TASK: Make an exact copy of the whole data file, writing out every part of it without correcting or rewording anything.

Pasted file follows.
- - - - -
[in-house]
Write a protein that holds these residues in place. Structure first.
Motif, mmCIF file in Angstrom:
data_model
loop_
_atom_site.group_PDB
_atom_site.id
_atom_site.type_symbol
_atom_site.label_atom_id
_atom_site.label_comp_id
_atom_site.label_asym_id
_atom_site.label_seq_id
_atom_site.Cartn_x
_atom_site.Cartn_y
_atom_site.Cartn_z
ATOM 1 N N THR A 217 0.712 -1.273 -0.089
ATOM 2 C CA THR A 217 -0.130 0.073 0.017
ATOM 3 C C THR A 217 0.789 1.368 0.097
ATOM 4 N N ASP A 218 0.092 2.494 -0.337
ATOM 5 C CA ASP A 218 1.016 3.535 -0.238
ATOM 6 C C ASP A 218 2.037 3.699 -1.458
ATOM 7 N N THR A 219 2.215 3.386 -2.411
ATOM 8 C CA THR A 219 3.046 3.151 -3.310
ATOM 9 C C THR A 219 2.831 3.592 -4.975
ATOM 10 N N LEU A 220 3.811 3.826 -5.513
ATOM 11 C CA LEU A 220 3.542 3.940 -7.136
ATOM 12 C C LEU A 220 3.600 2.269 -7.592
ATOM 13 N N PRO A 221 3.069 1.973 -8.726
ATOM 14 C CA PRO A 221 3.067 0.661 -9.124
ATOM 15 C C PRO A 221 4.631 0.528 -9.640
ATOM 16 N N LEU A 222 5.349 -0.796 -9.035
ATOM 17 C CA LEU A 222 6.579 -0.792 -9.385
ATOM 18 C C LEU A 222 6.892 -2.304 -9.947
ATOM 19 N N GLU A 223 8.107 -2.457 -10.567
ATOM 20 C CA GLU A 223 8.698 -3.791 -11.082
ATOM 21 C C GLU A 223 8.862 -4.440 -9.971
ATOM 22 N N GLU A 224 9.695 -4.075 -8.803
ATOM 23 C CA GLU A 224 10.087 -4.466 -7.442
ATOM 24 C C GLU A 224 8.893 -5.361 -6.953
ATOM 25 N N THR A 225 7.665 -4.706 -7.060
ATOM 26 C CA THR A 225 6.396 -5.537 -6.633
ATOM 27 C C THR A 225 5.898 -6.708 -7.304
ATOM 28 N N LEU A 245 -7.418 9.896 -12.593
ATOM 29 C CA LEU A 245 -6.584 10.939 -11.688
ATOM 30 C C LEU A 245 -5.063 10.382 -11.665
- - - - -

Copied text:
[in-house]
Write a protein that holds these residues in place. Structure first.
Motif, mmCIF file in Angstrom:
data_model
loop_
_atom_site.group_PDB
_atom_site.id
_atom_site.type_symbol
_atom_site.label_atom_id
_atom_site.label_comp_id
_atom_site.label_asym_id
_atom_site.label_seq_id
_atom_site.Cartn_x
_atom_site.Cartn_y
_atom_site.Cartn_z
ATOM 1 N N THR A 217 0.712 -1.273 -0.089
ATOM 2 C CA THR A 217 -0.130 0.073 0.017
ATOM 3 C C THR A 217 0.789 1.368 0.097
ATOM 4 N N ASP A 218 0.092 2.494 -0.337
ATOM 5 C CA ASP A 218 1.016 3.535 -0.238
ATOM 6 C C ASP A 218 2.037 3.699 -1.458
ATOM 7 N N THR A 219 2.215 3.386 -2.411
ATOM 8 C CA THR A 219 3.046 3.151 -3.310
ATOM 9 C C THR A 219 2.831 3.592 -4.975
ATOM 10 N N LEU A 220 3.811 3.826 -5.513
ATOM 11 C CA LEU A 220 3.542 3.940 -7.136
ATOM 12 C C LEU A 220 3.600 2.269 -7.592
ATOM 13 N N PRO A 221 3.069 1.973 -8.726
ATOM 14 C CA PRO A 221 3.067 0.661 -9.124
ATOM 15 C C PRO A 221 4.631 0.528 -9.640
ATOM 16 N N LEU A 222 5.349 -0.796 -9.035
ATOM 17 C CA LEU A 222 6.579 -0.792 -9.385
ATOM 18 C C LEU A 222 6.892 -2.304 -9.947
ATOM 19 N N GLU A 223 8.107 -2.457 -10.567
ATOM 20 C CA GLU A 223 8.698 -3.791 -11.082
ATOM 21 C C GLU A 223 8.862 -4.440 -9.971
ATOM 22 N N GLU A 224 9.695 -4.075 -8.803
ATOM 23 C CA GLU A 224 10.087 -4.466 -7.442
ATOM 24 C C GLU A 224 8.893 -5.361 -6.953
ATOM 25 N N THR A 225 7.665 -4.706 -7.060
ATOM 26 C CA THR A 225 6.396 -5.537 -6.633
ATOM 27 C C THR A 225 5.898 -6.708 -7.304
ATOM 28 N N LEU A 245 -7.418 9.896 -12.593
ATOM 29 C CA LEU A 245 -6.584 10.939 -11.688
ATOM 30 C C LEU A 245 -5.063 10.382 -11.665